By Patrick Brogan
Social media is great, isn’t it? Think of all the lols and memes over the years. It’s so good that kids would rather talk to each other on it over a real conversation. And they are sitting at the same table. How post-modern. All jokes aside, social media has revolutionised and sped up the way we live. It’s easier to stay in contact with people now, more than ever. Small businesses are thriving off it. Information is coming at you in torrents (pun intended) and it is also opening up new interests in stuff you would never have heard of. For me it is Slamball. Seriously, look that shit up.
Look, with all seemingly good things, we must be diligent. Social media has a long and checkered history. From my own experiences, I have seen this. I’ll just go into that first because I love talking about myself. Back in February of this year, Kanye West released a new album. I still haven’t heard it and never intend to. There was a massive amount controversy surrounding him at this time and it had nothing to do with his music. He called Taylor Swift a bitch and claimed he still might sleep with her. This, of course, was to drum up publicity for his new release because his music is terribly unimaginative and wouldn’t get attention otherwise.
I put up a number of tweets claiming this was a good tactic. Twitter took these down. I tried to get in contact with them over this matter. Easier said than done. Then, a while back Bill Tormey criticised homeless woman Erica Fleming for wanting to make a better life for herself. Being the class act he is, he did this over the Twittermachine. I decided I would give him a taste of his own medicine. I basically pointed out that he was romantically involved with a murderer, Catherine Nevin, and he should be the last person to assassinate another person’s character. Twitter took this down, too. He clearly has friends in high places.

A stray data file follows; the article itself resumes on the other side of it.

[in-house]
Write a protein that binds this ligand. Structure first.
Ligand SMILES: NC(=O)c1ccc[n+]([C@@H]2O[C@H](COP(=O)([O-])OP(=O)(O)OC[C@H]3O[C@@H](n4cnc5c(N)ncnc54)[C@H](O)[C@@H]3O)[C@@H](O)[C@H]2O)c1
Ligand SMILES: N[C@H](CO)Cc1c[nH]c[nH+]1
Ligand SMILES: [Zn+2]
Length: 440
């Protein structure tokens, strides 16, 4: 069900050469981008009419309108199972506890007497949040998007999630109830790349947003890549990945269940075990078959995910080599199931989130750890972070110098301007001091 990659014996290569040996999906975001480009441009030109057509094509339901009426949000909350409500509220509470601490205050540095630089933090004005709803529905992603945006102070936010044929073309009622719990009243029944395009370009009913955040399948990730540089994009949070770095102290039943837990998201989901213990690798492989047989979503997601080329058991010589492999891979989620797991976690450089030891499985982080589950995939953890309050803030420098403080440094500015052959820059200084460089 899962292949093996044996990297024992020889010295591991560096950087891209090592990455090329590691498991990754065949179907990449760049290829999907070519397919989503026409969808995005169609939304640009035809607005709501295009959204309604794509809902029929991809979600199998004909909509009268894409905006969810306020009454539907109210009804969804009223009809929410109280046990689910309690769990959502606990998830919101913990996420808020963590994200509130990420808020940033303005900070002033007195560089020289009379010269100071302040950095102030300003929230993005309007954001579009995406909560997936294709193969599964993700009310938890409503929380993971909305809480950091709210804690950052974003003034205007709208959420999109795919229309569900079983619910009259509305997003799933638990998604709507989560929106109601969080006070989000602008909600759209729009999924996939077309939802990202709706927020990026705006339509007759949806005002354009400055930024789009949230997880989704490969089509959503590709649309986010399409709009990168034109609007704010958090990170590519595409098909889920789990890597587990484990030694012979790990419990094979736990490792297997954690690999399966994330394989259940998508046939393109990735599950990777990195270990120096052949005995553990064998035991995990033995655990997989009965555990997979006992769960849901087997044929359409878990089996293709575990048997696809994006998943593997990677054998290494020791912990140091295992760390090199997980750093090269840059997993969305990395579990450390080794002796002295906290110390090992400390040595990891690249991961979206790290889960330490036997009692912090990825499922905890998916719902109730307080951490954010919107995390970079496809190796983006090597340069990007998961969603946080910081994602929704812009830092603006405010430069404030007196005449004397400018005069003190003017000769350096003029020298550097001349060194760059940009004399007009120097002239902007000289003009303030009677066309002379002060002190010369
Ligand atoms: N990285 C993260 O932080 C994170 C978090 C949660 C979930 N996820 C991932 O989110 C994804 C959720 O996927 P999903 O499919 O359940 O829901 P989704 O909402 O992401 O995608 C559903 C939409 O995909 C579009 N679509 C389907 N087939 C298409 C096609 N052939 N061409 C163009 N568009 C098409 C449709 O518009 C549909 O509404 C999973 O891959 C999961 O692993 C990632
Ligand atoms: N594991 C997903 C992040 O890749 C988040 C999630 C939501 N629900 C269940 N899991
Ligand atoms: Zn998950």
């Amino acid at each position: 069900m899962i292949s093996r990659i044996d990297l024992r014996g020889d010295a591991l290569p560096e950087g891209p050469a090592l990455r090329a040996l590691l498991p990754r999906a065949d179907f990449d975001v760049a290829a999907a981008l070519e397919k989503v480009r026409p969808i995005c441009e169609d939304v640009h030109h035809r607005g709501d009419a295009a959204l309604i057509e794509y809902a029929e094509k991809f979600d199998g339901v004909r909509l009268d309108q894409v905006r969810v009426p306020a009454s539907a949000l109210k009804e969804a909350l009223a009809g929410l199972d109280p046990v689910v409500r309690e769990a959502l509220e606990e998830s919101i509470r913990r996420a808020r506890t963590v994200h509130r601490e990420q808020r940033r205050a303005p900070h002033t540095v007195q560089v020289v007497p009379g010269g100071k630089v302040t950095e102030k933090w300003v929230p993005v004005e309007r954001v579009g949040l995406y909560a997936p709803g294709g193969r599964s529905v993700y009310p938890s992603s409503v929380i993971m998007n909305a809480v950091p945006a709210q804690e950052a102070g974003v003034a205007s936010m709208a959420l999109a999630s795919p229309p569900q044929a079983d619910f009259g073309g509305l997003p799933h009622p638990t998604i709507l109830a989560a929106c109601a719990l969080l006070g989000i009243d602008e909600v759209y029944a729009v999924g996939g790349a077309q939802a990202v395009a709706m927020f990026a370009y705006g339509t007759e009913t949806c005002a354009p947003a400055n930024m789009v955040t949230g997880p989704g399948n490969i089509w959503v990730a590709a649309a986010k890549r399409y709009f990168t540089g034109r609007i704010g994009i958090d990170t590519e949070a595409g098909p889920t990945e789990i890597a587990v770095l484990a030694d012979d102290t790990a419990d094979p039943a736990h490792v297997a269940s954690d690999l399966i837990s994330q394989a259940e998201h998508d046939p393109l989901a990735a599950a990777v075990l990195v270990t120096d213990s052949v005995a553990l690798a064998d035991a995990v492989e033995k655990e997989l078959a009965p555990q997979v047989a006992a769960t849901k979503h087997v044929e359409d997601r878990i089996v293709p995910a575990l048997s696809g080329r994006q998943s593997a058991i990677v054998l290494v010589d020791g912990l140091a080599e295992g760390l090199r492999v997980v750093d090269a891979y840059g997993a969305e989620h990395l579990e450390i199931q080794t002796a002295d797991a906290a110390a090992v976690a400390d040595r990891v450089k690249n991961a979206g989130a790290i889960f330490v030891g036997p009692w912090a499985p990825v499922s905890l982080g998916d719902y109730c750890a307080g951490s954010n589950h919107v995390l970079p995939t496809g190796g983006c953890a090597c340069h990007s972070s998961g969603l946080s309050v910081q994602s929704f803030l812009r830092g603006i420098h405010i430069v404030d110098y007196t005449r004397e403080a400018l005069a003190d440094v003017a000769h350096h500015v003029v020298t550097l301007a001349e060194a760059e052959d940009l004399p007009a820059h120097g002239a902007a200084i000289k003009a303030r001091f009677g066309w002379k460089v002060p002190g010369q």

I recently had a similar issue on Facebook. I usually post up three items a day that are not being covered by the mainstream media, but are important nonetheless. Yes, I do see the irony. A report conducted by numerous American universities found most of the big American banks were aware a financial crash would happen and there was insider trading between the US Government and the banks. Goldman Sachs were particularly guilty. I tried to tag Goldman Sachs with a corruption hashtag. Facebook would not allow this. I thought it may have been a coincidence, but in the research for this article, it turns out that Goldman Sachs was a part of a $500 million investment in Facebook and this was proudly announced on the social media site.
From the outset, controversy has followed Facebook. The Winklevoss’s, Winklevii? –I’m not sure what the plural is– brought Zuckerberg and Facebook to court. They accused the founder of stealing their initial idea, HarvardConnection, and their source code. It can be difficult proving that Mark Zuckerberg didn’t already have an idea to set-up a social media outlet. 6 Degrees was already eight years old at this point so it was hardly an original idea. The twins, who are influential in the BitCoin world, received a $65 million settlement in 2008. The twins later appealed this on the basis of fraud and the courts decided the initial settlement was fair.